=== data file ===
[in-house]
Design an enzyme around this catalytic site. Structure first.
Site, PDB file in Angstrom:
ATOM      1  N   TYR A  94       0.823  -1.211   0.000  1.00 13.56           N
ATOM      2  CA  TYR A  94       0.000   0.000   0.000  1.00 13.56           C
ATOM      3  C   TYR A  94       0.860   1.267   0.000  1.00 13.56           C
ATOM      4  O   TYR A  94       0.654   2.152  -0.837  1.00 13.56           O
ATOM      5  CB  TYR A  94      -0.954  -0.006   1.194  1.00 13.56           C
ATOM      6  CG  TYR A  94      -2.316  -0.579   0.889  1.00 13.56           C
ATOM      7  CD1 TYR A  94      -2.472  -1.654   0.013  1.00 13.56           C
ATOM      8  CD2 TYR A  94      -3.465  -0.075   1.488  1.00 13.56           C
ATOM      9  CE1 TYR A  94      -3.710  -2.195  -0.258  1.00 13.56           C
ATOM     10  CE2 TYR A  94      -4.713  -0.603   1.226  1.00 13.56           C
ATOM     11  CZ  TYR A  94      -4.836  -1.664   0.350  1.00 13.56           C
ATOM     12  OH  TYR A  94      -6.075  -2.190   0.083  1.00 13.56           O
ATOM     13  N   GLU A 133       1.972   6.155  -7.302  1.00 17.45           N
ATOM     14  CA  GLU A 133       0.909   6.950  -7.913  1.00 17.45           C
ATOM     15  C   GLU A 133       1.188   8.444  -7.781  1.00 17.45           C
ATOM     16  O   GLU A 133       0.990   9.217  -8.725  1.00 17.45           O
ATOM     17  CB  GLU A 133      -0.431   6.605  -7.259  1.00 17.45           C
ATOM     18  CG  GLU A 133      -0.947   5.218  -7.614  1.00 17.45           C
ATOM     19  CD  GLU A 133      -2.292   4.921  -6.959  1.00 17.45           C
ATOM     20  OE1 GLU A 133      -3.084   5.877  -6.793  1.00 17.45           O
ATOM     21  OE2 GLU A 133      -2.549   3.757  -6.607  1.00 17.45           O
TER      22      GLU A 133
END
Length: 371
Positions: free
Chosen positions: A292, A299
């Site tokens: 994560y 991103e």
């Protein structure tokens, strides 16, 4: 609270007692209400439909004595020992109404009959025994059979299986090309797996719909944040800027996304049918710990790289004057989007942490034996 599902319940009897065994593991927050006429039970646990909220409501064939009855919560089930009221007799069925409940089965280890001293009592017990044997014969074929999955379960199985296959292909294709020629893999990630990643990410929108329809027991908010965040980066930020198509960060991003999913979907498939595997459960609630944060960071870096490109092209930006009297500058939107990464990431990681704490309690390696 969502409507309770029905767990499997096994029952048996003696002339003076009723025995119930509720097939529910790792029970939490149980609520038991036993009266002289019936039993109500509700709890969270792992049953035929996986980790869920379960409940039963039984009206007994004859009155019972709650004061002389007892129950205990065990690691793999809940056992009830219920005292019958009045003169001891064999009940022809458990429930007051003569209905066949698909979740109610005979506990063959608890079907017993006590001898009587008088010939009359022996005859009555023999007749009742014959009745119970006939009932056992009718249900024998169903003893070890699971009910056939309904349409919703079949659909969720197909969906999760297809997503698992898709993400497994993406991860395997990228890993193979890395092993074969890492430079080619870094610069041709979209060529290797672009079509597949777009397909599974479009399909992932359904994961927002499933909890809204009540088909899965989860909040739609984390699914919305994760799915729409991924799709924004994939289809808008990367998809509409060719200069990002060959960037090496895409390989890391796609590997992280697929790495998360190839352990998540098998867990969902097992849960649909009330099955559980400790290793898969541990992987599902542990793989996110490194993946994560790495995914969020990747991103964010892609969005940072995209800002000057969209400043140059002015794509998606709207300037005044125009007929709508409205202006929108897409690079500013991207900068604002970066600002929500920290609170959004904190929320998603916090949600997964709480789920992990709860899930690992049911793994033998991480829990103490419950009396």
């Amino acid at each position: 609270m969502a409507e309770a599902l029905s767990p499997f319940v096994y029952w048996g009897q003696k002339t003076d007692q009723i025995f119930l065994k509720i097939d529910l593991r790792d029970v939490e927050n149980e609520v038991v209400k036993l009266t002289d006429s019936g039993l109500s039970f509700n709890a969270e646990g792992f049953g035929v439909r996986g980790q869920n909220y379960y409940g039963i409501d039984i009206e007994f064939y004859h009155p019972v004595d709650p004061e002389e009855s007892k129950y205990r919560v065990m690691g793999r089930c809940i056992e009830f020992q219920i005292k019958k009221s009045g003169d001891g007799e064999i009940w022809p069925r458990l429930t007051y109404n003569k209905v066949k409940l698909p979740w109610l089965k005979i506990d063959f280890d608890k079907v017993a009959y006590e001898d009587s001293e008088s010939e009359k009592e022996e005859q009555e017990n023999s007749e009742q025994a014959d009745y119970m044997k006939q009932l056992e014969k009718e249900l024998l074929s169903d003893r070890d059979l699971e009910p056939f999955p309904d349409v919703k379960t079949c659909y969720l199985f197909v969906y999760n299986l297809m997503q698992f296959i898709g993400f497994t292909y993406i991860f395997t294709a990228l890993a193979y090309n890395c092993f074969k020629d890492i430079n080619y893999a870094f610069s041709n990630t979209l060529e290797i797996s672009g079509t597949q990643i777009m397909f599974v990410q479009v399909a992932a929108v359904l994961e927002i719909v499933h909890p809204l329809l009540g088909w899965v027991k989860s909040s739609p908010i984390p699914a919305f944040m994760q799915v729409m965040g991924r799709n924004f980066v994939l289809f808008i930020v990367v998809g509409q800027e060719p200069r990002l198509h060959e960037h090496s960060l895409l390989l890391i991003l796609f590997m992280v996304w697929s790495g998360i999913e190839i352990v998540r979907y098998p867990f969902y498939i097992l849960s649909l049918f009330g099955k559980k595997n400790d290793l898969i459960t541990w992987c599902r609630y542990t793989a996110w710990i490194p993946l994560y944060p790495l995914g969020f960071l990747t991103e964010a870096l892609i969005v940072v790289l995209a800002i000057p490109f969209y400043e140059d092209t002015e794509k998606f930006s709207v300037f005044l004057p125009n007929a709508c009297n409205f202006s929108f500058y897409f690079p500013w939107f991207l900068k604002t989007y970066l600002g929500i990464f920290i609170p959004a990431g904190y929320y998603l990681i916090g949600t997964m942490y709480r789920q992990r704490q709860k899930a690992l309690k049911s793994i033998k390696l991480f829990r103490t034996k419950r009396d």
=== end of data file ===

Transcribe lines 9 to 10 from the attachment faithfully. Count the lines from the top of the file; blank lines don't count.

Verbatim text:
ATOM      6  CG  TYR A  94      -2.316  -0.579   0.889  1.00 13.56           C
ATOM      7  CD1 TYR A  94      -2.472  -1.654   0.013  1.00 13.56           C